Twins in the tree tops while the tempest blows

After further observation since Friday I could see that the two Tui fledglings were spending a lot of time in the Mahoe tree in our garden. I had seen the parent/s return to feed their young and when the gales subsided there were times when I could hear the now familiar squeaking calls.

No matter how much I tried the little point and shoot camera, with its limited zoom lens, was not going to capture these two young birds at such a special time in their lives.

I have no idea how long the “twins” will remain dependent on the parent birds so I figured a call to action was needed today.

The weather is foul with driving drizzle swirling on the back of a very gusty southerly wind. The fledglings are wise and shelter within the Mahoe, sometimes together and sometimes a branch or two away from each other.
My son has a swish Canon camera with a stronger zoom lens and he was happy to pop over late this afternoon and brave the elements in an effort to take some photos for me. The light was awful due to the low cloud and drizzle and to make matters worse the sun was breaking through at the perfect angle to spoil shots. The incessant, gusting wind of up to 50kms at times meant trees thrashing about and the little birds being blown about very vigorously at times. And the birds were particularly active.

But here are some of the results.
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The parent bird returned at one point and the fledglings flew into a birch tree calling demandingly. Here they are hoping the parent will return to them with food while the storm buffets them with some ferocity.
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We decided to return inside and allow the family to regroup without our attentions.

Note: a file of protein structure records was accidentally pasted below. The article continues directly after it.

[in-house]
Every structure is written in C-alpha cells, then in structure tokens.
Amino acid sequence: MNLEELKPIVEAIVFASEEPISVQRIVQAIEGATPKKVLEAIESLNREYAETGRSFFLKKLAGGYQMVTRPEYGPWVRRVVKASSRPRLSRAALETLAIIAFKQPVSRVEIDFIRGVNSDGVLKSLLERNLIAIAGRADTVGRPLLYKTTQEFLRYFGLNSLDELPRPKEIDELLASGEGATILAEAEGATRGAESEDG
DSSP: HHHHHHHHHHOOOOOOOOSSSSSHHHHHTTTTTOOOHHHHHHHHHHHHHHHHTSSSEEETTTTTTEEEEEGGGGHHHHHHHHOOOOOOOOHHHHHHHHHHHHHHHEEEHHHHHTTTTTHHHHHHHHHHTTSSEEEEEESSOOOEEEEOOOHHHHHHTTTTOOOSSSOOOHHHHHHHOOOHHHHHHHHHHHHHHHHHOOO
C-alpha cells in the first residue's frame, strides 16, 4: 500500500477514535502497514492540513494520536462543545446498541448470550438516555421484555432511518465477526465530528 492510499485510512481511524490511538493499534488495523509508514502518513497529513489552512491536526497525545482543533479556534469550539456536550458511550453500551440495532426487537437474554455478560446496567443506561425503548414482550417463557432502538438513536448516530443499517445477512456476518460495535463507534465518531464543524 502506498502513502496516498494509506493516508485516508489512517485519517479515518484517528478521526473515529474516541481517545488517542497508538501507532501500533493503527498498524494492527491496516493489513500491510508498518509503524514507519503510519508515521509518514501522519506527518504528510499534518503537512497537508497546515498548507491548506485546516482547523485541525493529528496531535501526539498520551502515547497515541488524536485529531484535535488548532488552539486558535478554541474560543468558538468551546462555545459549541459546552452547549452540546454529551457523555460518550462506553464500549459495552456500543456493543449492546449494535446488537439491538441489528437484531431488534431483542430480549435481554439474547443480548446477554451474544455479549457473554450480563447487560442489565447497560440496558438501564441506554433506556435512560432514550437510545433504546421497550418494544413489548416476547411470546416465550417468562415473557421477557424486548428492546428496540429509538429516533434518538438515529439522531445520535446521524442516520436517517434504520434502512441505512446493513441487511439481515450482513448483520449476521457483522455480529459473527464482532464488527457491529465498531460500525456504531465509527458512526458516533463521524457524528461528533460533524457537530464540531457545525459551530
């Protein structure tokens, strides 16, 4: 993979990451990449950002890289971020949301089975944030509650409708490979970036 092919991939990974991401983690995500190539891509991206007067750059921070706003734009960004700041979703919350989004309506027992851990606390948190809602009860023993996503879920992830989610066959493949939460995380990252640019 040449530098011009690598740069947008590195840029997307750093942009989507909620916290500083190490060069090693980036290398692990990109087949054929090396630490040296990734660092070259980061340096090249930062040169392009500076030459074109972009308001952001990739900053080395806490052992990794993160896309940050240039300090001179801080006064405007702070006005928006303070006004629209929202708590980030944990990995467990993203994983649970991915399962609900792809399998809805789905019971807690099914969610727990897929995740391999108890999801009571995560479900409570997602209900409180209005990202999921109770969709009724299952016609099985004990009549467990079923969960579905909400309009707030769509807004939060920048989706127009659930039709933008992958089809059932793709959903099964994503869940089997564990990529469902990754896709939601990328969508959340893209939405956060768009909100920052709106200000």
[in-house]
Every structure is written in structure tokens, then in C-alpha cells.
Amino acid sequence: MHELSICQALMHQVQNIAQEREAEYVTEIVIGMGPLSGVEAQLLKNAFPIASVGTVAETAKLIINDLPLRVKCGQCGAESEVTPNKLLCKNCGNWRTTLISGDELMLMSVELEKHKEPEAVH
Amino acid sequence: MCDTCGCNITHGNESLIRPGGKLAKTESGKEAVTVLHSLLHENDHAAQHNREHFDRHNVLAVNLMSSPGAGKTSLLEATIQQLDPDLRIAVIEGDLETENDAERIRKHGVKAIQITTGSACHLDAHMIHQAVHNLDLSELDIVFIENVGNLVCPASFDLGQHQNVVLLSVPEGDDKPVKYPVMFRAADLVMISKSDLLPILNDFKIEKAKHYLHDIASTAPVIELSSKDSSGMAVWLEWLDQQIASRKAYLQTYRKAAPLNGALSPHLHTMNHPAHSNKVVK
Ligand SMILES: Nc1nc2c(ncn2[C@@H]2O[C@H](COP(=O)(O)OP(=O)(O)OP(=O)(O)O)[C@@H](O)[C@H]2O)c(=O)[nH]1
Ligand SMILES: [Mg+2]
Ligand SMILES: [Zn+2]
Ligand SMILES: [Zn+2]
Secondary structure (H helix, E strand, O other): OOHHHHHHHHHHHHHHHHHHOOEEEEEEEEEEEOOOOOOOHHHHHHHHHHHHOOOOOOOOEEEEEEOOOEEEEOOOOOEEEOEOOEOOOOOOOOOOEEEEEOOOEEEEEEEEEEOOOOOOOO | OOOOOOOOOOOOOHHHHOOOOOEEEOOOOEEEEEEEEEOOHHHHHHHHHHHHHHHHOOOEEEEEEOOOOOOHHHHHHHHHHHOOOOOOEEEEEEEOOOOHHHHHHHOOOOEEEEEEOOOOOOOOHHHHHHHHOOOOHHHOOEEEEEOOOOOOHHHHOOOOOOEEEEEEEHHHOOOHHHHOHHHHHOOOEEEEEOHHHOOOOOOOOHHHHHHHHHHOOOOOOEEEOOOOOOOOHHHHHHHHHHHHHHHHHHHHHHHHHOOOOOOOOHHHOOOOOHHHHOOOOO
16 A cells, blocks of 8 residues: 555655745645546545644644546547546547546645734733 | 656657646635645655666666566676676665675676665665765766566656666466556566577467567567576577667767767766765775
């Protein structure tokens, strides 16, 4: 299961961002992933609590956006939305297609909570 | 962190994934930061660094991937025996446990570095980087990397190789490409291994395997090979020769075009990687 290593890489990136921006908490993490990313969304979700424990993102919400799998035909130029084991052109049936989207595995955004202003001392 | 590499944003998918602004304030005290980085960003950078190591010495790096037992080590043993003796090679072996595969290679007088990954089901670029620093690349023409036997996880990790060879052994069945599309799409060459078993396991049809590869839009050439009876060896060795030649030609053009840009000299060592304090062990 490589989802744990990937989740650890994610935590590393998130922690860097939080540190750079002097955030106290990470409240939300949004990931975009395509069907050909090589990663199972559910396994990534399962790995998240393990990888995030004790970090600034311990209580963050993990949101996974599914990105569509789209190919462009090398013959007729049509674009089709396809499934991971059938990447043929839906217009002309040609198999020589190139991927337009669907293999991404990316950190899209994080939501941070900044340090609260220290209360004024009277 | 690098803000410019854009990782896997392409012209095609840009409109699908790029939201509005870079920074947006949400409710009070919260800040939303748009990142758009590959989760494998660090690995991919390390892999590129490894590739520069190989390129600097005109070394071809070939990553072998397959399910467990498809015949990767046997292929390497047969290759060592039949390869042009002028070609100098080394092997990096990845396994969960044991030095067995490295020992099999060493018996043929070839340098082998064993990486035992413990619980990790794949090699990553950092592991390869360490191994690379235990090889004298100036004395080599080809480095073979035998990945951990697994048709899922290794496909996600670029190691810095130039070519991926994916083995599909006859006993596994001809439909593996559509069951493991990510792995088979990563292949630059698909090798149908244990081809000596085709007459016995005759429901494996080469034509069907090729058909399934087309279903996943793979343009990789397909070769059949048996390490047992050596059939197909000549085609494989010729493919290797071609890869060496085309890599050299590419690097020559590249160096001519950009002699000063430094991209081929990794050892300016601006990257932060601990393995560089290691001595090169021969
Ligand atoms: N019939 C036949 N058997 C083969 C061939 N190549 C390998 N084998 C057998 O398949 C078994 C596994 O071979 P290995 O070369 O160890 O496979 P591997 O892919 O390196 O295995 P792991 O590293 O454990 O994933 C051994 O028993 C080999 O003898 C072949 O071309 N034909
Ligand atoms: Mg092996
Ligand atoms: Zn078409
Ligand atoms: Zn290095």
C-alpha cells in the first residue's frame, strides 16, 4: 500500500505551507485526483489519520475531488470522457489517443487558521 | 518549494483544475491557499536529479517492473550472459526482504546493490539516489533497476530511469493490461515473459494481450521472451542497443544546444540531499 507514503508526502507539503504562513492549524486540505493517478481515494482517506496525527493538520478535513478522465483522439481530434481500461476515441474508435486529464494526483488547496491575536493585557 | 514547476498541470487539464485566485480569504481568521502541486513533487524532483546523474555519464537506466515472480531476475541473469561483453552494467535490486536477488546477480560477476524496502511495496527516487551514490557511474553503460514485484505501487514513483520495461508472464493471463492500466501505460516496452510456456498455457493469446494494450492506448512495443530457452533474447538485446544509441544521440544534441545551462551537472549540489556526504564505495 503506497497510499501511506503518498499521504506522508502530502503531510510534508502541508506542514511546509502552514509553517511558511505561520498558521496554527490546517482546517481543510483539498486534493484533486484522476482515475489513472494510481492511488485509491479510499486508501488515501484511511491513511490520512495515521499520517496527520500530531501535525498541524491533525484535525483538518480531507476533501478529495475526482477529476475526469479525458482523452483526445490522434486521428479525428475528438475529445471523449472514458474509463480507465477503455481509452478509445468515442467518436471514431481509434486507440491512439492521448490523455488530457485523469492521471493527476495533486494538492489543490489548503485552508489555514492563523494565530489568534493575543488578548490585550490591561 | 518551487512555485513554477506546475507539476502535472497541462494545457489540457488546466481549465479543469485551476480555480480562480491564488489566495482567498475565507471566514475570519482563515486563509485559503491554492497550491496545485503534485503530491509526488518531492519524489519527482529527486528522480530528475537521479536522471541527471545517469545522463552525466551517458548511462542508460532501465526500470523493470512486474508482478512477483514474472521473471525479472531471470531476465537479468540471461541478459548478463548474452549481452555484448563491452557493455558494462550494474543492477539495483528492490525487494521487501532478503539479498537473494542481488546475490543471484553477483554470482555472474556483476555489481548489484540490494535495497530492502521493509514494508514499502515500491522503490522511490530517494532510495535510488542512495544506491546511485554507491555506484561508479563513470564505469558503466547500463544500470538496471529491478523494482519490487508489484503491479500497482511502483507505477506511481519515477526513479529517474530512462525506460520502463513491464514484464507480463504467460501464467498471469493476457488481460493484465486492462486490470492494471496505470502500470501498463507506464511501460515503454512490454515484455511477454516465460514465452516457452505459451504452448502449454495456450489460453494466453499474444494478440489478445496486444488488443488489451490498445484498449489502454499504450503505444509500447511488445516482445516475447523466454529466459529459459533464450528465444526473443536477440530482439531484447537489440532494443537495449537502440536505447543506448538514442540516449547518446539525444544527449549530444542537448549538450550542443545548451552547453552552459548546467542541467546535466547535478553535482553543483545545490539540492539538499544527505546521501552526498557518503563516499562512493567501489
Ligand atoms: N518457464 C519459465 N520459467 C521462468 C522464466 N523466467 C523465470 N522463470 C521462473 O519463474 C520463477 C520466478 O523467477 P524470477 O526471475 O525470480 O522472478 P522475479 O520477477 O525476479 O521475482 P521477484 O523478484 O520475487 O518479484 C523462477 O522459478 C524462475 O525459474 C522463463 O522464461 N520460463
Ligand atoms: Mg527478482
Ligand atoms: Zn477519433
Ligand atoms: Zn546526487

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14 thoughts on “Twins in the tree tops while the tempest blows

    1. ordinarygood Post author

      A stronger zoom and more features on the camera have made all the difference Juliet. My son did a great job in very unfriendly conditions. The parent birds are doing a wonderful job.

      Reply
    1. ordinarygood Post author

      I will pass on your thanks. I am thrilled to have a record of these cuties. They were holding on desperately in the worst of the wind. The Mahoe tree was a better home and they were back there later this afternoon.

      Reply
    1. ordinarygood Post author

      Aren’t they attractive? It has been a busy day for them again today but with some bumbling flying around the garden. I cannot see a nest but maybe there is one or two nearby. Exciting stuff. I’m glad you enjoyed the photos:-)

      Reply
    1. ordinarygood Post author

      Thanks Jo. He did do well given the howling gale that was gusting the trees and birds about.
      Things got a bit trickier today as the fledglings learn to fly. We’ve had four bumps into windows late today. My daughter suggests we leave the curtains closed to help them avoid the windows.

      Reply
    1. ordinarygood Post author

      Thank you for your encouraging comment Mary. Can you believe the twins became quads? Birds don’t hatch and fledge all together so I can only surmise that the extra two were a day or so after the twins.
      I am finding it all very interesting. So much so that I am keeping some notes on the Tuis in the garden now.

      Reply
  1. Toya

    You have certainly had a treat with them so close to your home. We have the odd adult bird visiting our feeder but have yet to see any youngsters in our yard. Well done you and your son!

    Reply
    1. ordinarygood Post author

      Thanks Toya. Yah for a better camera and user thereof. I am thrilled with the record. My daughter counted 7 Tui visiting the feeder in 4 minutes one day last week. We have seen juveniles at the feeder but these fledglings are extra special and in fact there were four fledglings in the Mahoe yesterday afternoon. Where are you located (generally not specific address) BTW I messaged you on FB but it said my message to you would go to your “other” inbox or folder seeing as I was not a friend…does that make sense?

      Reply

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